Yemen’s warring sides say ceasefire to begin on Monday

A tribal fighter loyal to Yemen's government stands on the roof of a pick-up truck as he uses binoculars to look at at Houthi positions in an area between Yemen's northern provoices of al-Jawf and Marib December 5, 2015. REUTERS/Ali Owidha

A seven-day ceasefire in Yemen will start on Monday, the day before planned U.N.-sponsored peace talks in Switzerland, senior officials on both sides of the civil war that has killed nearly 6,000 people said on Saturday.

“Based on what had been agreed upon, there will be a halt of the aggression on the 14th of this month,” Houthi spokesman Mohammed Abdul-Salam told a news conference broadcast live from the Yemeni capital Sanaa.

The Houthis, allied with Iran, have been locked for nine months in a civil war with forces loyal to President Abd-Rabbu Mansour Hadi’s exiled government, who are backed by air strikes and ground forces from a mainly Gulf Arab coalition led by Saudi Arabia.

The Houthis, who control most of the northern part of the country, see the Arab alliance’s military operations in Yemen since March as an aggression. The alliance says it intervened in response to a request by Hadi.

Yemen’s new Foreign Minister Abdel-Malek al-Mekhlafi, who will also lead Hadi’s delegation to the U.N. talks, confirmed that the ceasefire would start on “the evening of December 14”.

“We are going to the talks with serious intentions and we hope that the other side to abide by that,” he told Reuters.

The United Nations has invited Hadi’s government and the Houthis to peace negotiations after the two sides agreed a draft agenda and ground rules for the talks.

A previous round of peace talks in June failed to reach an agreement, with both sides accusing each other of failing to offer compromises to end the conflict. In July, the two sides observed a five-day ceasefire, in which both sides traded accusations of violating the truce.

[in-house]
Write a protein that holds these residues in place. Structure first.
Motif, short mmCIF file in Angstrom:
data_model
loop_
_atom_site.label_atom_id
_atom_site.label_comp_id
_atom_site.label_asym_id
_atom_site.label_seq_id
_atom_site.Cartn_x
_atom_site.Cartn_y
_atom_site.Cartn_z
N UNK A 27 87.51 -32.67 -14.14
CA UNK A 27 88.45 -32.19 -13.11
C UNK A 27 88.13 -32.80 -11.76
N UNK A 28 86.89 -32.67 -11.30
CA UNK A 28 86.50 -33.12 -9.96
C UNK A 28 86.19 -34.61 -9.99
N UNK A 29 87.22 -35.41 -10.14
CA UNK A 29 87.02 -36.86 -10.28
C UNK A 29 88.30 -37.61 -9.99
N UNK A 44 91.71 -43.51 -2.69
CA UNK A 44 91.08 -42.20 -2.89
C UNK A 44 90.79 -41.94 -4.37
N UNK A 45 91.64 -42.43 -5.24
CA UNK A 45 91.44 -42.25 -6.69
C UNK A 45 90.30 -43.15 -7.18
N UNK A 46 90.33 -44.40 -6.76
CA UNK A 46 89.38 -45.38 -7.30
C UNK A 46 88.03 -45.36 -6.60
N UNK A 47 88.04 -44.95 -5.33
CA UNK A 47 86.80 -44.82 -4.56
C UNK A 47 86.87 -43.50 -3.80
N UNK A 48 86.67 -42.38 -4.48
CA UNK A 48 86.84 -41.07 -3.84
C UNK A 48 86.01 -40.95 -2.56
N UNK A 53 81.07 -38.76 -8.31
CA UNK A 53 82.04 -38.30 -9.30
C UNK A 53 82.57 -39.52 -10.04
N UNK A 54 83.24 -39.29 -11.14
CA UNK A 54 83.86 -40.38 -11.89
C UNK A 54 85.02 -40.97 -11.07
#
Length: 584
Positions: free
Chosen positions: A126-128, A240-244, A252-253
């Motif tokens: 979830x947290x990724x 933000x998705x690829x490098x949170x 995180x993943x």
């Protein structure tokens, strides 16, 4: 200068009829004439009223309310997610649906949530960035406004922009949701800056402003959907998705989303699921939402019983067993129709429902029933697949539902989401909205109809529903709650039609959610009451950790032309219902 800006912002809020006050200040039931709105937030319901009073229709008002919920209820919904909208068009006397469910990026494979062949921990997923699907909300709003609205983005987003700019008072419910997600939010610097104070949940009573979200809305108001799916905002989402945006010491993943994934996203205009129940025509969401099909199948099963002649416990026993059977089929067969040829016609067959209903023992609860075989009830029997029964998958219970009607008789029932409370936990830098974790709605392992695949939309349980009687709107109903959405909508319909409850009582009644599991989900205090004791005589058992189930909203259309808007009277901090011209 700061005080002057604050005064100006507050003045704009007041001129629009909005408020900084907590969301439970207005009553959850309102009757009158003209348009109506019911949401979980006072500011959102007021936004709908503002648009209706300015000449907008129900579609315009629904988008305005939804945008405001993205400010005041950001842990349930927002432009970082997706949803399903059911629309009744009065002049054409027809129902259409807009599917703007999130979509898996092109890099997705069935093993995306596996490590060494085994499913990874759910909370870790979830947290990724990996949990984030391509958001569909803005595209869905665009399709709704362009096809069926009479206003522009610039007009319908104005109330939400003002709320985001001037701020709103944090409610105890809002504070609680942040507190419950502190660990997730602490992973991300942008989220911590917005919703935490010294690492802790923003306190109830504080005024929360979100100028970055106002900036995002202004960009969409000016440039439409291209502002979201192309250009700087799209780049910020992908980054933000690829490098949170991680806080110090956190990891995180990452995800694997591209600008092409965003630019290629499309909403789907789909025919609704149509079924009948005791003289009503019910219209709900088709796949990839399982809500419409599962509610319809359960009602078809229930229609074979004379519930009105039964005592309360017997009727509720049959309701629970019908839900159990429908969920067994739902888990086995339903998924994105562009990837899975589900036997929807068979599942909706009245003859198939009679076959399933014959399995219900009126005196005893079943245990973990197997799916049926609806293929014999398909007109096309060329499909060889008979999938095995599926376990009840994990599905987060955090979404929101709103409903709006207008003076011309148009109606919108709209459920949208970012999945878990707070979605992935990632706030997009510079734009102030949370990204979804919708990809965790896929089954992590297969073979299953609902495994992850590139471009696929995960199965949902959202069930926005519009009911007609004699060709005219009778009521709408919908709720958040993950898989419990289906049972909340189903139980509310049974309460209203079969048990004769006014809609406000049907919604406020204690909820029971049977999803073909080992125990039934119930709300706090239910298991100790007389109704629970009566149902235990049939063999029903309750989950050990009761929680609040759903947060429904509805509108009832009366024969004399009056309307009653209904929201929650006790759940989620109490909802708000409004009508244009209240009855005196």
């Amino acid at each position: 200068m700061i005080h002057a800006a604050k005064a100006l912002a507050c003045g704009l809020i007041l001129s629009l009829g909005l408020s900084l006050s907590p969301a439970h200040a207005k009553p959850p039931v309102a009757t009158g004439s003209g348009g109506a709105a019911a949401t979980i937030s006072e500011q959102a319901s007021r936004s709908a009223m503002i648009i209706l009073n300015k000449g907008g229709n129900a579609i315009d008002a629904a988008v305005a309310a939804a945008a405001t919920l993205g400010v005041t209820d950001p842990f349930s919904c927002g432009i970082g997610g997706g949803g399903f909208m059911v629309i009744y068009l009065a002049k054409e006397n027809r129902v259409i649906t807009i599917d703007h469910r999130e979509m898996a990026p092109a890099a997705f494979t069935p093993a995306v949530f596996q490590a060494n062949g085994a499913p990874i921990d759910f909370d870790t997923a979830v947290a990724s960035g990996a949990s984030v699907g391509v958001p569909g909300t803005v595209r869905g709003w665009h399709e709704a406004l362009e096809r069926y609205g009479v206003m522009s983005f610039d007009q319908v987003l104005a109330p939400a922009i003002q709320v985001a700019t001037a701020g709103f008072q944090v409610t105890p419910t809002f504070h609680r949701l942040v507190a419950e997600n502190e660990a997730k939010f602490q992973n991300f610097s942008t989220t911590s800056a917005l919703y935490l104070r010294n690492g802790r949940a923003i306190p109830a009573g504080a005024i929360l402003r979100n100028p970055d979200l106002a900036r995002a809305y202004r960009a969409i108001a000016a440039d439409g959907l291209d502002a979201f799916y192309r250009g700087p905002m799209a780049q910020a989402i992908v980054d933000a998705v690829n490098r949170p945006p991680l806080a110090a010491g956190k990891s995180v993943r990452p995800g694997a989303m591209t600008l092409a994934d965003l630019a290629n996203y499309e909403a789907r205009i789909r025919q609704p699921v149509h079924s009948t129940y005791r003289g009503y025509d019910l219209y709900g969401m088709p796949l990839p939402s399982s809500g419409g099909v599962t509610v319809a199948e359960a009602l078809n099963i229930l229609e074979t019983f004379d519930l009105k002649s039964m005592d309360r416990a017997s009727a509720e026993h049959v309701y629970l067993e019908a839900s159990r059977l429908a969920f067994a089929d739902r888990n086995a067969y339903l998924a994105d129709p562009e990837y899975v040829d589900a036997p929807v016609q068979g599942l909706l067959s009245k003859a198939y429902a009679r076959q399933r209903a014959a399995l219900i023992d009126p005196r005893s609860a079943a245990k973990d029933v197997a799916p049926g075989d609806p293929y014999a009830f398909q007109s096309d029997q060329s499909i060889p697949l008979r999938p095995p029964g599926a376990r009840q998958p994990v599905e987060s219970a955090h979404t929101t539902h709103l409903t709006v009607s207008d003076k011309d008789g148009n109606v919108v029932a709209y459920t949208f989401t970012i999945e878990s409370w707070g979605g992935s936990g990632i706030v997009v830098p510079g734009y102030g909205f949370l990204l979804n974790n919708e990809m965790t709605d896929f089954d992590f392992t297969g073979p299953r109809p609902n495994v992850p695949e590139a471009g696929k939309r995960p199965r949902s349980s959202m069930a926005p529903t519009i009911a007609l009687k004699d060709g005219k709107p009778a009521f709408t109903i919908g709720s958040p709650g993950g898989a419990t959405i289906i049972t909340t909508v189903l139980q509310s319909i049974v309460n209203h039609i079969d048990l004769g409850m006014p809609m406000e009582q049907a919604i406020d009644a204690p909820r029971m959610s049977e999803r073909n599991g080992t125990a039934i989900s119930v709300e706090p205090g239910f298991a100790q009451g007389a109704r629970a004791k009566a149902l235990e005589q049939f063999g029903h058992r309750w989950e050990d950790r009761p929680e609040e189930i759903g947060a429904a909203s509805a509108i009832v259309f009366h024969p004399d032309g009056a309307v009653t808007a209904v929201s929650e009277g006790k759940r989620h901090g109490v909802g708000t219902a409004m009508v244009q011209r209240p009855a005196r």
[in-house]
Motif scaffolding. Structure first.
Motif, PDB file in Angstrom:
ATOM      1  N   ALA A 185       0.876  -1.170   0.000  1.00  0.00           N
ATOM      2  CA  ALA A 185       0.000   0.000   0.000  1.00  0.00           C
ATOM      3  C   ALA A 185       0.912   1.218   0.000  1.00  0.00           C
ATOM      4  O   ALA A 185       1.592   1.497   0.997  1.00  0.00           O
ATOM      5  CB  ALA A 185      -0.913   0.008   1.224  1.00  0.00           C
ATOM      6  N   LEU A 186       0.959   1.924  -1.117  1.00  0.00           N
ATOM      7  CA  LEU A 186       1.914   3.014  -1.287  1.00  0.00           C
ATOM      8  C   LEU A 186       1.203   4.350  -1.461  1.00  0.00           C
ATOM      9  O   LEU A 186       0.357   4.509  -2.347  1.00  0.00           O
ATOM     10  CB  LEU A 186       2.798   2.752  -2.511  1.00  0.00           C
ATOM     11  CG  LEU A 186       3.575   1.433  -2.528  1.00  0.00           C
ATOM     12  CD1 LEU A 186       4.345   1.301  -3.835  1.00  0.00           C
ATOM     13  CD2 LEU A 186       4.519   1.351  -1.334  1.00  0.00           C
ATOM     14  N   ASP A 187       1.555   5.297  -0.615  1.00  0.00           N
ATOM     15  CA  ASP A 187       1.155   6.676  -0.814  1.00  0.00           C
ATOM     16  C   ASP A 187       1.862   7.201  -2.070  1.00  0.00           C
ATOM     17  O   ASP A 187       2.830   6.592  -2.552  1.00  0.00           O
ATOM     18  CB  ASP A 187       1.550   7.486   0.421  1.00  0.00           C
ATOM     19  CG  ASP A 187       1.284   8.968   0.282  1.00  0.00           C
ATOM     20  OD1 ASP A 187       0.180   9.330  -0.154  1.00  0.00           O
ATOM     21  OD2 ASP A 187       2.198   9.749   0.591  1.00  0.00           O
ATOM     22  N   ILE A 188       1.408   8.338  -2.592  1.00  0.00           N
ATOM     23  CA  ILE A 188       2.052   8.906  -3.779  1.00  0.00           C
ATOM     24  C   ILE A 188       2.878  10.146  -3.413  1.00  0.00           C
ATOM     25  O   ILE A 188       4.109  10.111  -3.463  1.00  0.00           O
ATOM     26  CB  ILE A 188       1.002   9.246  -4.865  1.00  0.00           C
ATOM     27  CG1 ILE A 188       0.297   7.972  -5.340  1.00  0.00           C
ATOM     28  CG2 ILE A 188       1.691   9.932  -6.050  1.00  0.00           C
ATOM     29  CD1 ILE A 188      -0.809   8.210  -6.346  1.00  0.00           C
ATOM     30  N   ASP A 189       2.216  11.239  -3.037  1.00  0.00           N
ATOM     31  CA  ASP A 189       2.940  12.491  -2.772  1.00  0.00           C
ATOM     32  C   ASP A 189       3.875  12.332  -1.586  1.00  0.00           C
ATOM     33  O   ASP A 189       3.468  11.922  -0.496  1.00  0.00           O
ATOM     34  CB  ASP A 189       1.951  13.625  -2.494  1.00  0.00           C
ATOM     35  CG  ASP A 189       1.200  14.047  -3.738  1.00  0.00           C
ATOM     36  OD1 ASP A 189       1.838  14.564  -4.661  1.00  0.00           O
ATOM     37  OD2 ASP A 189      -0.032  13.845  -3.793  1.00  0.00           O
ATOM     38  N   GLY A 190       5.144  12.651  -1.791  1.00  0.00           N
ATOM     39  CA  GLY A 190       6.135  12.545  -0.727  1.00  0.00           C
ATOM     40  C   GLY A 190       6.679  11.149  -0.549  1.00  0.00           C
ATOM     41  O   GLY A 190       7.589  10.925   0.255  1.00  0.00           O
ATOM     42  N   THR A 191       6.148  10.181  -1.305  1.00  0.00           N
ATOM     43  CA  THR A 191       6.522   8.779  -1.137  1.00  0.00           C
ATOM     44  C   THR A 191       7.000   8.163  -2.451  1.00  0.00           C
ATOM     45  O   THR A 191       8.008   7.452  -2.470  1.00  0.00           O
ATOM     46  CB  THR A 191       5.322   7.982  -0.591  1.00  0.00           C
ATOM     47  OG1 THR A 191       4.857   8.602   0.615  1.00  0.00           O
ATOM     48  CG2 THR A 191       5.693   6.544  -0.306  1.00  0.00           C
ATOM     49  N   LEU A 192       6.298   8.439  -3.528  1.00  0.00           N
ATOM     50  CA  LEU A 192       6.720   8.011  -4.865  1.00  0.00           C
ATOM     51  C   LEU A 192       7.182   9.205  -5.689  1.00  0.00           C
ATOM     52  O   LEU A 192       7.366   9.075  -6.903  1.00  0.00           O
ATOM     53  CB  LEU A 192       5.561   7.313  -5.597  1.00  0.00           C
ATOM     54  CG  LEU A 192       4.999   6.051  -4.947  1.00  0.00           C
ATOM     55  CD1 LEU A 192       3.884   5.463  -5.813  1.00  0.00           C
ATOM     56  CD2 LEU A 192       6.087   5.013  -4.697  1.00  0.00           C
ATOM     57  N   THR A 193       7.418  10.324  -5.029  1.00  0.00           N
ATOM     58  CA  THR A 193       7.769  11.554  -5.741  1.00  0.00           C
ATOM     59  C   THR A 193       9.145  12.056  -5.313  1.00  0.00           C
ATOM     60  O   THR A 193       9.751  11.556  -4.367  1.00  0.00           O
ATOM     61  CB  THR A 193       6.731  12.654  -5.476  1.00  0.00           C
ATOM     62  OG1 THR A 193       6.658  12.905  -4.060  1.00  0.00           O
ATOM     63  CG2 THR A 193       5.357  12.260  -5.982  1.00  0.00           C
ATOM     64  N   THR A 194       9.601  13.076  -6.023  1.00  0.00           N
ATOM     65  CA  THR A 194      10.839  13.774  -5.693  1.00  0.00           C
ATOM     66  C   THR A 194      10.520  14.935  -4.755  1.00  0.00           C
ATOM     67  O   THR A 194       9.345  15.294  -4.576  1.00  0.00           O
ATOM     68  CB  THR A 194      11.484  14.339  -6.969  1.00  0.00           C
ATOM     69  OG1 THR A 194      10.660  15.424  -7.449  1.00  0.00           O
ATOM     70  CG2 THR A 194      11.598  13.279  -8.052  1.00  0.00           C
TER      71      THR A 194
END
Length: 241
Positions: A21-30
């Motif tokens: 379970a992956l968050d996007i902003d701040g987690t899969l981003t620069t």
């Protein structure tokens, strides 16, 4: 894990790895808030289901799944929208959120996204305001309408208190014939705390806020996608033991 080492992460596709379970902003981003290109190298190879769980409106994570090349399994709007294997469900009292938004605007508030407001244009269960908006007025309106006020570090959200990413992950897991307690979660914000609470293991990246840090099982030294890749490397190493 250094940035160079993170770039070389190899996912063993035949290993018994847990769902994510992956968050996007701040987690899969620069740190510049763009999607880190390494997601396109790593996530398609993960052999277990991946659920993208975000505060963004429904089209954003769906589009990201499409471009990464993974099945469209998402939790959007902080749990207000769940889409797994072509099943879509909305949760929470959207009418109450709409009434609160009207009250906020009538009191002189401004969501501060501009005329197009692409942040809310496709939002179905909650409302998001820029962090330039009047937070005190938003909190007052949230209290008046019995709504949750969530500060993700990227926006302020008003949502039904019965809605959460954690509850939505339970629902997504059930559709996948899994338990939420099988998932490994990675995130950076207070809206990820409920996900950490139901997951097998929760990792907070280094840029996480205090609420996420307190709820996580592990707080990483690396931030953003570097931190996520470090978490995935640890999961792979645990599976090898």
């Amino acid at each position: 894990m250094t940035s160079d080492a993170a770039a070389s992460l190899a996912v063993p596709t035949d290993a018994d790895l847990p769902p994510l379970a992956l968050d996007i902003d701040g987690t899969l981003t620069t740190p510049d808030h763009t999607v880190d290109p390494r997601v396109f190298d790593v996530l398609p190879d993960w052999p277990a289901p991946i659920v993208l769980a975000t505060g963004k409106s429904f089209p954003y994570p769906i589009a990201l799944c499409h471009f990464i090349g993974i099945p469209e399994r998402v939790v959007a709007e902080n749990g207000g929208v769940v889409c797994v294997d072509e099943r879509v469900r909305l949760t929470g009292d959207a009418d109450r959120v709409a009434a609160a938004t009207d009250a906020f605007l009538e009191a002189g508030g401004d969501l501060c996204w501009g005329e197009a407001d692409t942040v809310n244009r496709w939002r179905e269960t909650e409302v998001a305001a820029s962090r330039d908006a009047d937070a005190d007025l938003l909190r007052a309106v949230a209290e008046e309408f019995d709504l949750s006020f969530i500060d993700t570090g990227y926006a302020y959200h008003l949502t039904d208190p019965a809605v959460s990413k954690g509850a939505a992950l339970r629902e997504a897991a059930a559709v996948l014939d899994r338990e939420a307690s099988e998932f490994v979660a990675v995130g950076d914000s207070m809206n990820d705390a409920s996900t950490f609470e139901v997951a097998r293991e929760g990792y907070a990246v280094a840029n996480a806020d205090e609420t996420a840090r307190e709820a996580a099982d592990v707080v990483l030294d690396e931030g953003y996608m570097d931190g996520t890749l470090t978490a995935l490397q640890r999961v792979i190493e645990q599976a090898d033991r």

But both sides now say they are determined to end the crisis that had devastated the country and displaced hundreds of thousands of people.

Hadi had said that he had asked for a seven-day ceasefire, while Mekhlafi had earlier said that the ceasefire was subject to automatic renewal if the Houthis abided by it.

The World Health Organization said on Saturday that as of Nov. 12, the death toll in Yemen since March was 5,878 people. A total of 27,867 had been wounded during the same period.

The UN High Commissioner for Refugees (UNHCR) and UNICEF, using slightly more recent data from late November and early December, said nearly half those killed were civilians, including 637 children.

Hadi’s Prime Minister Khaled Bahah said on Friday he was determined to end the fighting that had also caused widespread damage to Yemen’s economy and infrastructure.

Houthi spokesman Abdul-Salam complained that the United Nations had not taken into account all the remarks his group had made on the draft but said the group, officially known as Ansarullah, and its allies would try to press their demands at the talks.

“We are in constant coordination, together with the General People’s Congress party, and we will all go with a national will aimed at stopping the aggression and lifting the siege,” he told the news conference.

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